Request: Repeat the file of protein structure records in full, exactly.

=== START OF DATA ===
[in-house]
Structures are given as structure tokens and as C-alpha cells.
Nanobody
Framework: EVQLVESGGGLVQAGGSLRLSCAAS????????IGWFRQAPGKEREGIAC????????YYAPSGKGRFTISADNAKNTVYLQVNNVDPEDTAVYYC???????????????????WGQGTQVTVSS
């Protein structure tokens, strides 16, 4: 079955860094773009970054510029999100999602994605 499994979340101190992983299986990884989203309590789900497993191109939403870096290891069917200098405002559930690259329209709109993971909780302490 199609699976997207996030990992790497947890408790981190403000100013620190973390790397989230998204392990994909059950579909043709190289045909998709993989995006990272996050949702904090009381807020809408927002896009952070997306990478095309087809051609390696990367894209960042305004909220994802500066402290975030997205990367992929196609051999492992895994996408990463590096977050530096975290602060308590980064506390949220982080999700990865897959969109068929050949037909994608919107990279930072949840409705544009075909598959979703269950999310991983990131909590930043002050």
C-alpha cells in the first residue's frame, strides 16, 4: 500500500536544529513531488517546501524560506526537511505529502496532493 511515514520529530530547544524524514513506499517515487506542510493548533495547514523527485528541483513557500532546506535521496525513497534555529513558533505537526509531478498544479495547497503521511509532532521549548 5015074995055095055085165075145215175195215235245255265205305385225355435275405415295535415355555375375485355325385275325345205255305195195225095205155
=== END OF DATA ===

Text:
[in-house]
Structures are given as structure tokens and as C-alpha cells.
Nanobody
Framework: EVQLVESGGGLVQAGGSLRLSCAAS????????IGWFRQAPGKEREGIAC????????YYAPSGKGRFTISADNAKNTVYLQVNNVDPEDTAVYYC???????????????????WGQGTQVTVSS
């Protein structure tokens, strides 16, 4: 079955860094773009970054510029999100999602994605 499994979340101190992983299986990884989203309590789900497993191109939403870096290891069917200098405002559930690259329209709109993971909780302490 199609699976997207996030990992790497947890408790981190403000100013620190973390790397989230998204392990994909059950579909043709190289045909998709993989995006990272996050949702904090009381807020809408927002896009952070997306990478095309087809051609390696990367894209960042305004909220994802500066402290975030997205990367992929196609051999492992895994996408990463590096977050530096975290602060308590980064506390949220982080999700990865897959969109068929050949037909994608919107990279930072949840409705544009075909598959979703269950999310991983990131909590930043002050």
C-alpha cells in the first residue's frame, strides 16, 4: 500500500536544529513531488517546501524560506526537511505529502496532493 511515514520529530530547544524524514513506499517515487506542510493548533495547514523527485528541483513557500532546506535521496525513497534555529513558533505537526509531478498544479495547497503521511509532532521549548 5015074995055095055085165075145215175195215235245255265205305385225355435275405415295535415355555375375485355325385275325345205255305195195225095205155